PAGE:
Overview of Legislative Changes of Foreign Jurisdictions

2014 was marked by many events. Also, different countries adopted important legislative acts. We will focus in this article on some of the most significant legislative changes of foreign jurisdictions. We will speak about Cyprus, which adopted the Foreign Account Tax Compliance Act (abbreviated form – FATCA), the requirements for filing financial statements of Cypriot companies tightened, the rules of the regulator changed. In addition, we will mention the changes of the legislation of the British Virgin Islands.

Cyprus signs agreement with United States under FATCA

On 02 December 2014 the Cypriot finance minister and the US ambassador to Cyprus formally signed the intergovernmental agreement between Cyprus and the United States under the Foreign Account Tax Compliance Act (FATCA). The act is a US tax measure enacted in 2010 to prevent and detect tax evasion on income derived by US persons (citizens or residents) from sources outside the United States, improve taxpayer compliance and create greater transparency by strengthening information reporting and compliance with respect to US accounts and assets held overseas.

Like other EU members, in 2013 Cyprus undertook to enter into a Model 1 intergovernmental agreement (under which institutions, subject to FATCA, report information to their own tax authorities for onward transmission to the US authorities). Prior to the formal signature of the agreement, Cyprus was treated as having an agreement in effect from April 22 2014, which enabled foreign financial institutions resident in Cyprus to register on the Internal Revenue Service/FATCA website. In addition, the Assessment and Collection of Taxes Law will be amended to include the collection and automatic exchange of information in line with FATCA.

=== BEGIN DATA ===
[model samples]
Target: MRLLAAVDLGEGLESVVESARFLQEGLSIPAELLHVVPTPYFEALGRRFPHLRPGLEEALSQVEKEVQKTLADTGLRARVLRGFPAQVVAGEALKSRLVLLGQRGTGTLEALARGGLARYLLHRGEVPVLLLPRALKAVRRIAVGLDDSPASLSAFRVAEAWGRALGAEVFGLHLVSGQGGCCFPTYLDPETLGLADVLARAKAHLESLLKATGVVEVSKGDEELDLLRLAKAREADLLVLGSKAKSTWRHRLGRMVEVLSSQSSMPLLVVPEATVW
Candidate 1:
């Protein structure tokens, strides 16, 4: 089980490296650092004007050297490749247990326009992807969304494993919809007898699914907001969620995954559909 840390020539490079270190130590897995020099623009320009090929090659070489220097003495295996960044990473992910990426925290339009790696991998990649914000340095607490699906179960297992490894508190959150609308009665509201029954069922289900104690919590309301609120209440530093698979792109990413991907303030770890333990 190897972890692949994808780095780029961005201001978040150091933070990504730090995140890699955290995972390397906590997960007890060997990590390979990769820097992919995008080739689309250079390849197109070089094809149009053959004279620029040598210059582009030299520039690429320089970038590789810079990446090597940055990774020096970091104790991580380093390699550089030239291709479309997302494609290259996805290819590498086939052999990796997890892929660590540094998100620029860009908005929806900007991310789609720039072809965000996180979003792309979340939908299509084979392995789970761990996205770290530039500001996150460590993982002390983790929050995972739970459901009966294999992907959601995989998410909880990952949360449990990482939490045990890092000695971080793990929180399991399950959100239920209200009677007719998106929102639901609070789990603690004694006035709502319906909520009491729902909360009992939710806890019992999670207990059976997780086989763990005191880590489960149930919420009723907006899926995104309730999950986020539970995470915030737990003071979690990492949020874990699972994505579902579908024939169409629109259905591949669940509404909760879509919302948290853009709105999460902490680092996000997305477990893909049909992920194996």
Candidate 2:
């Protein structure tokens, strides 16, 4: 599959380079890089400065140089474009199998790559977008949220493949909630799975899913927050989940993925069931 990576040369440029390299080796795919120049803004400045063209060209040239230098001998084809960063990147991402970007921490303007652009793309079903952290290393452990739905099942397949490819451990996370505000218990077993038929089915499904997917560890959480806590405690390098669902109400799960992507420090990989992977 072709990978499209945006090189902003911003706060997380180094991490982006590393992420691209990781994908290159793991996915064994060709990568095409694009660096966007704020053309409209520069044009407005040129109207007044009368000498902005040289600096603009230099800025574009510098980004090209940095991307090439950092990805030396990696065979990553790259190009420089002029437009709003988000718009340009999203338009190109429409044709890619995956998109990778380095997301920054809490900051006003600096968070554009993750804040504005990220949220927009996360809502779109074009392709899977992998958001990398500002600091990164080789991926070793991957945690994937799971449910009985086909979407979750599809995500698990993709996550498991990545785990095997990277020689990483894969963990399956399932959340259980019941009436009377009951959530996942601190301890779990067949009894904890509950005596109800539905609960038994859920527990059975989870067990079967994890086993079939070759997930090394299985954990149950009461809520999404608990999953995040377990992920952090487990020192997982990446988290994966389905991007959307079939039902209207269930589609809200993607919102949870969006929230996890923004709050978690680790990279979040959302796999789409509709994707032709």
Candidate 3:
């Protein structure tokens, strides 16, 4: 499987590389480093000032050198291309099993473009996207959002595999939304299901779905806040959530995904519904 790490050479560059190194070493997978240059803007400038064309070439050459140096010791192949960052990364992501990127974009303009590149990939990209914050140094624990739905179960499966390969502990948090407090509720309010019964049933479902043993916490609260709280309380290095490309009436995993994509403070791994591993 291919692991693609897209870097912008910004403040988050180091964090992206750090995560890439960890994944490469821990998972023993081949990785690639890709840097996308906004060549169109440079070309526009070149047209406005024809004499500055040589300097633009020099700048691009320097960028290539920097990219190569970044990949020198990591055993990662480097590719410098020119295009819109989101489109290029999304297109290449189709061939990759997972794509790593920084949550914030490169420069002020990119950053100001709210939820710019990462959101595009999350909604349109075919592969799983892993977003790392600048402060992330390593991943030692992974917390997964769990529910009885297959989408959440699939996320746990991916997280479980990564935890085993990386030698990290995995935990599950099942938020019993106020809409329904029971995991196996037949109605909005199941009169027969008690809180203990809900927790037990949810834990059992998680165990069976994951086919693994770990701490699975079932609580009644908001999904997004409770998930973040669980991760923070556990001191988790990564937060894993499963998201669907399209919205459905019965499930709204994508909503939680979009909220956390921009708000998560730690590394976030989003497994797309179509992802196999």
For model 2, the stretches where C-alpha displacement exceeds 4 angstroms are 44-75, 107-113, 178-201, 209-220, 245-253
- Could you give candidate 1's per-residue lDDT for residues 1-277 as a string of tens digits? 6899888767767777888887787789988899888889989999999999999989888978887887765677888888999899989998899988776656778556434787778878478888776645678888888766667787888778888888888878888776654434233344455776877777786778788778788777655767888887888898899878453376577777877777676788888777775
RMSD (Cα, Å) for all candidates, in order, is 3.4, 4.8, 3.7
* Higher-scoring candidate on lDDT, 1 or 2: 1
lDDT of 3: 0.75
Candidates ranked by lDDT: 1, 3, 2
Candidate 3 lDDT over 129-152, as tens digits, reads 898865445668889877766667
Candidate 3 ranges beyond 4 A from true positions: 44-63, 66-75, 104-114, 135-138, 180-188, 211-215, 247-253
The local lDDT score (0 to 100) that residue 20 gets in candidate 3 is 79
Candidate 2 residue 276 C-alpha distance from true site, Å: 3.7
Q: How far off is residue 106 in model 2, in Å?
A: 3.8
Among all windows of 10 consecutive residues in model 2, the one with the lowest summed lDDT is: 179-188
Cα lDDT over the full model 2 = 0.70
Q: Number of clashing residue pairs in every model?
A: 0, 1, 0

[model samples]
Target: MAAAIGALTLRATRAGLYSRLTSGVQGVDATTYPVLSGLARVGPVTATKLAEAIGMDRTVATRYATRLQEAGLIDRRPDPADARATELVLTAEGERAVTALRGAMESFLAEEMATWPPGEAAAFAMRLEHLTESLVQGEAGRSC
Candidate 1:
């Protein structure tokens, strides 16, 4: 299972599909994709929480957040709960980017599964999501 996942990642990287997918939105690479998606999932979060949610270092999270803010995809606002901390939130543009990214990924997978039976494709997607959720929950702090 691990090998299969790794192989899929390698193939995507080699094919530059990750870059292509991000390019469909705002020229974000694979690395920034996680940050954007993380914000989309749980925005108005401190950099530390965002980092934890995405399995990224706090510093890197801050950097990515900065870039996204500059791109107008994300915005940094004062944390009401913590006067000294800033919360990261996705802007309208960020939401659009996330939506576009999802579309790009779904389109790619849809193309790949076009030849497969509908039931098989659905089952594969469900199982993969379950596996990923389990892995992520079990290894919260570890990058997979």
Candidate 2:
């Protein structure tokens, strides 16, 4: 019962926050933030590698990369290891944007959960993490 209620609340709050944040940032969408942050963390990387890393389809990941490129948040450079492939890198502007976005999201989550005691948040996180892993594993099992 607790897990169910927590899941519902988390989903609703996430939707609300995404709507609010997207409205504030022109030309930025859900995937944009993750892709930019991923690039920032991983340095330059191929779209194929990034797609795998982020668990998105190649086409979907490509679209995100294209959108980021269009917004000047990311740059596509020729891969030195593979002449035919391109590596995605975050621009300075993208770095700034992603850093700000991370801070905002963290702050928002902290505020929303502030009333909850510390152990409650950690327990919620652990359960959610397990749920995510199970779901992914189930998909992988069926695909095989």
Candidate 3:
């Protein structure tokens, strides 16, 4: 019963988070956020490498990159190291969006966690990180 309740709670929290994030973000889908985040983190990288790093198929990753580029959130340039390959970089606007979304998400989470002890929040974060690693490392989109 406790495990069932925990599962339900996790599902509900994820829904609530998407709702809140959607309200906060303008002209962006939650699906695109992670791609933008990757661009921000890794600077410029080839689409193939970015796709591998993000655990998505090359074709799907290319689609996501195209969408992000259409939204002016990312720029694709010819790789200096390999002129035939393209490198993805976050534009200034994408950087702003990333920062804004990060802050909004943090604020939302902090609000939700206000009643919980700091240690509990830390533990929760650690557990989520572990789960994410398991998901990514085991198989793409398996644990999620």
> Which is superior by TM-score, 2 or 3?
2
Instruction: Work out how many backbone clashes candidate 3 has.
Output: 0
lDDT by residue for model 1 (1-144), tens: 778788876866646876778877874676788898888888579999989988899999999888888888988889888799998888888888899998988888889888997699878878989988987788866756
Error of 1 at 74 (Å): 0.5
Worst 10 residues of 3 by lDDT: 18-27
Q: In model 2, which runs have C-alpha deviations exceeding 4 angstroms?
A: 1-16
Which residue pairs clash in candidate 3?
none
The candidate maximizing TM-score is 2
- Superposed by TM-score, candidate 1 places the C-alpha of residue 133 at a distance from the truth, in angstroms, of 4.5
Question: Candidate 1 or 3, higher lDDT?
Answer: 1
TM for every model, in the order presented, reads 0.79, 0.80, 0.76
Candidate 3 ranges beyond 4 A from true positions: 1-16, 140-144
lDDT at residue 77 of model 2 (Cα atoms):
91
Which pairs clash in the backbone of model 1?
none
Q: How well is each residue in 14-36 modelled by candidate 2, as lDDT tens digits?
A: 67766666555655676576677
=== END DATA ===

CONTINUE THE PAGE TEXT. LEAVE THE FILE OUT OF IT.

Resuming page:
The purpose of FATCA

The purpose of FATCA is to “detect, deter and discourage offshore tax evasion” by US citizens or residents thus creating a greater transparency by strengthening information reporting and compliance with respect to US accounts.

Major functions impacted:

  • Client on-boarding;
  • Tax reporting;
  • Tax withholding.

What are the consequences of being non-compliant?

FATCA imposes a 30 per cent withholding tax on “withholdable” and “pass-through” payments made to a recalcitrant account holder or a non-participating FFI.


FATCA requires reporting to the IRS certain information on direct and indirect US account holders. FATCA reporting will first be required in September 2015 (for 2014 activities), and will be less detailed for 2014 activity. More detailed requirements will be phased in for 2015 and later years.

The approach is US Indicia based on aggregated account balance threshold.

The documentation collected is based on the principle: if US Indicia has identified additional documentations required which are beyond Anti-Money Laundering obligations.

An account holder has indicia of U.S. status if he/she:

  • Is a U.S. citizen or resident;
  • Was born in the U.S.;